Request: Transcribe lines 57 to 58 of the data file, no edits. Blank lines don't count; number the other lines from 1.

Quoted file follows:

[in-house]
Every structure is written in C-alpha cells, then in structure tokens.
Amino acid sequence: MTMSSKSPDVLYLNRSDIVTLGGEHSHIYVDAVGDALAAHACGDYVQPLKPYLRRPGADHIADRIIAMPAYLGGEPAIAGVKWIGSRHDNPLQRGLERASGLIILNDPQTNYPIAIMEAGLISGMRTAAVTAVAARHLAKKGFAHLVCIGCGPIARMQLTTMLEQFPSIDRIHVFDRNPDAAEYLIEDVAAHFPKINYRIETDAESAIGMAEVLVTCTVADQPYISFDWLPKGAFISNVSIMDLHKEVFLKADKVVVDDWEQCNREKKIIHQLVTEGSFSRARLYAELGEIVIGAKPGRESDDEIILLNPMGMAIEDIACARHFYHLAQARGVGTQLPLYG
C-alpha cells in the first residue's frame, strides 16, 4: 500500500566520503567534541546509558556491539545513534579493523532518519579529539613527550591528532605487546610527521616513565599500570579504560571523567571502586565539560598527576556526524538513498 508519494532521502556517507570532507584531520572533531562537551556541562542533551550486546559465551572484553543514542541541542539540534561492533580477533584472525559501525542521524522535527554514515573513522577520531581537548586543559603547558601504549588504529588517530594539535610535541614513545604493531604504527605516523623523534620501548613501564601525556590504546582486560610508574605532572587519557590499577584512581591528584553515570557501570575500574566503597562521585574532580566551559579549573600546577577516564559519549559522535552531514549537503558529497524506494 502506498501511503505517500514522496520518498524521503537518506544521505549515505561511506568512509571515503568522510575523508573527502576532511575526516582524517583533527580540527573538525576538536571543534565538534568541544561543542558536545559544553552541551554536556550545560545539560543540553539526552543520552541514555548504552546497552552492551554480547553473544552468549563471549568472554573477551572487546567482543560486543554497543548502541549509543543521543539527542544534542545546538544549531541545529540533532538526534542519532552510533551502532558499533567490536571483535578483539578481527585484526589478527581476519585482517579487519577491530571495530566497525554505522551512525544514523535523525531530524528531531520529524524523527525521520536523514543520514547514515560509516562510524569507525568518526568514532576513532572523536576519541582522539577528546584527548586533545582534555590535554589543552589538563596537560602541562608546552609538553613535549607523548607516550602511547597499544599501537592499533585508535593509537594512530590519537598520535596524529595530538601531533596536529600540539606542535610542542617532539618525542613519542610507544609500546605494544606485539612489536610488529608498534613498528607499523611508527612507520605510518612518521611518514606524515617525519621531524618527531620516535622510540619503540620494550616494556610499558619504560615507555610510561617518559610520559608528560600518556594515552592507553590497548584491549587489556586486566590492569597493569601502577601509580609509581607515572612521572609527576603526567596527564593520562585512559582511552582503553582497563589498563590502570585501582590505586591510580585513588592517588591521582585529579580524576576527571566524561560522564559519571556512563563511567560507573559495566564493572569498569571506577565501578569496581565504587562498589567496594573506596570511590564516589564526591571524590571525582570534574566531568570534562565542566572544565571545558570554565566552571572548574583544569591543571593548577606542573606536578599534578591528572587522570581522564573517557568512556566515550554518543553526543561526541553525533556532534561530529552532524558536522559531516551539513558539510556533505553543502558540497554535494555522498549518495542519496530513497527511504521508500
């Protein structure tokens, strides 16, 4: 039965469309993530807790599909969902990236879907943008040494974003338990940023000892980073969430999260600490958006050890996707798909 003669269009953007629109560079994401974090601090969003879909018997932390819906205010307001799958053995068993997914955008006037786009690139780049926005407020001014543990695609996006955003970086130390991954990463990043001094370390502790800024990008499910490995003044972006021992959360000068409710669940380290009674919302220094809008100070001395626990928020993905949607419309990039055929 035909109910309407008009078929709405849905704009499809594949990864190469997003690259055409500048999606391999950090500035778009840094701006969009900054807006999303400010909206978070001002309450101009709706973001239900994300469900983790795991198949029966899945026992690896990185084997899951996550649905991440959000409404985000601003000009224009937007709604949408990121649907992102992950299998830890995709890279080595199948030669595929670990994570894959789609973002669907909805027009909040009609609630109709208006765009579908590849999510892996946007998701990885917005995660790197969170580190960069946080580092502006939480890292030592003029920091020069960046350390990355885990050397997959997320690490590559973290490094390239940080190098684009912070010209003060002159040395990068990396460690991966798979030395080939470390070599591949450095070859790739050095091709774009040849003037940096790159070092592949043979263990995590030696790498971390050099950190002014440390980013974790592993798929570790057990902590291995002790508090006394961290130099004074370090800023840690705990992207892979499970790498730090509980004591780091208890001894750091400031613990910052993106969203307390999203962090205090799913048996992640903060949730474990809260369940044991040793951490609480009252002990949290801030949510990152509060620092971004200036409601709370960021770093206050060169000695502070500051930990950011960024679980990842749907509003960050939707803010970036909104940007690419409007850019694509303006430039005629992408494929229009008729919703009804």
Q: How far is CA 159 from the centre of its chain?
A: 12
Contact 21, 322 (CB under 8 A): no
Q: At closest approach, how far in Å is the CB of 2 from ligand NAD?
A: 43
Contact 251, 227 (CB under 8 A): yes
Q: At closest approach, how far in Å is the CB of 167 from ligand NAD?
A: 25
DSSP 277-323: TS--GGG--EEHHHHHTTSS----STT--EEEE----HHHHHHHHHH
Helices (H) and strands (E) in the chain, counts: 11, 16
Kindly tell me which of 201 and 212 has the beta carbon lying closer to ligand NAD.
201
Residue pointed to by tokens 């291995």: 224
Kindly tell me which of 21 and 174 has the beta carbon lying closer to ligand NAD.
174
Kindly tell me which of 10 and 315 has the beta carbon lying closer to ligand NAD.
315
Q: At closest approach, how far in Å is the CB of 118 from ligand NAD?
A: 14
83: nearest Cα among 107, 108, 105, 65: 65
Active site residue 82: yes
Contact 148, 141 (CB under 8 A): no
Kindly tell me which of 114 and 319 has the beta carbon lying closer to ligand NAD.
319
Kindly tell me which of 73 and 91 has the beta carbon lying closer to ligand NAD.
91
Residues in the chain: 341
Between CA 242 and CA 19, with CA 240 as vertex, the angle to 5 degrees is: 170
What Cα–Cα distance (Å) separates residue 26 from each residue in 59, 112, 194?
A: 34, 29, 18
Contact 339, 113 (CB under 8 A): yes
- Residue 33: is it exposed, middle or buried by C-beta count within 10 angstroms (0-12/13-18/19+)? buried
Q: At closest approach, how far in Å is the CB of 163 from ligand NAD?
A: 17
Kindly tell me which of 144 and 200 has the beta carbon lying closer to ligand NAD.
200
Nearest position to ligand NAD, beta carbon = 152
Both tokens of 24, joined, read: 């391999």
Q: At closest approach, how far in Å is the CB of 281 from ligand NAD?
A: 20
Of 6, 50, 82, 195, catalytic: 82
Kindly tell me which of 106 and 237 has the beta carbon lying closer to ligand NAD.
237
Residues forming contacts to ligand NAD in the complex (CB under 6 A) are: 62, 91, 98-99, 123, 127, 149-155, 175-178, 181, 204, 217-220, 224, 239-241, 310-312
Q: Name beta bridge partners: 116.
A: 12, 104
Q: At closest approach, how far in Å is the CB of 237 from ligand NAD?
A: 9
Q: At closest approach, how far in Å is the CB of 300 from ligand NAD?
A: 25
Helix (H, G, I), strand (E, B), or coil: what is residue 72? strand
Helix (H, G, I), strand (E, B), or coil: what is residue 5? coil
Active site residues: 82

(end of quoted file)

Helix (H, G, I), strand (E, B), or coil: what is residue 5? coil
Active site residues: 82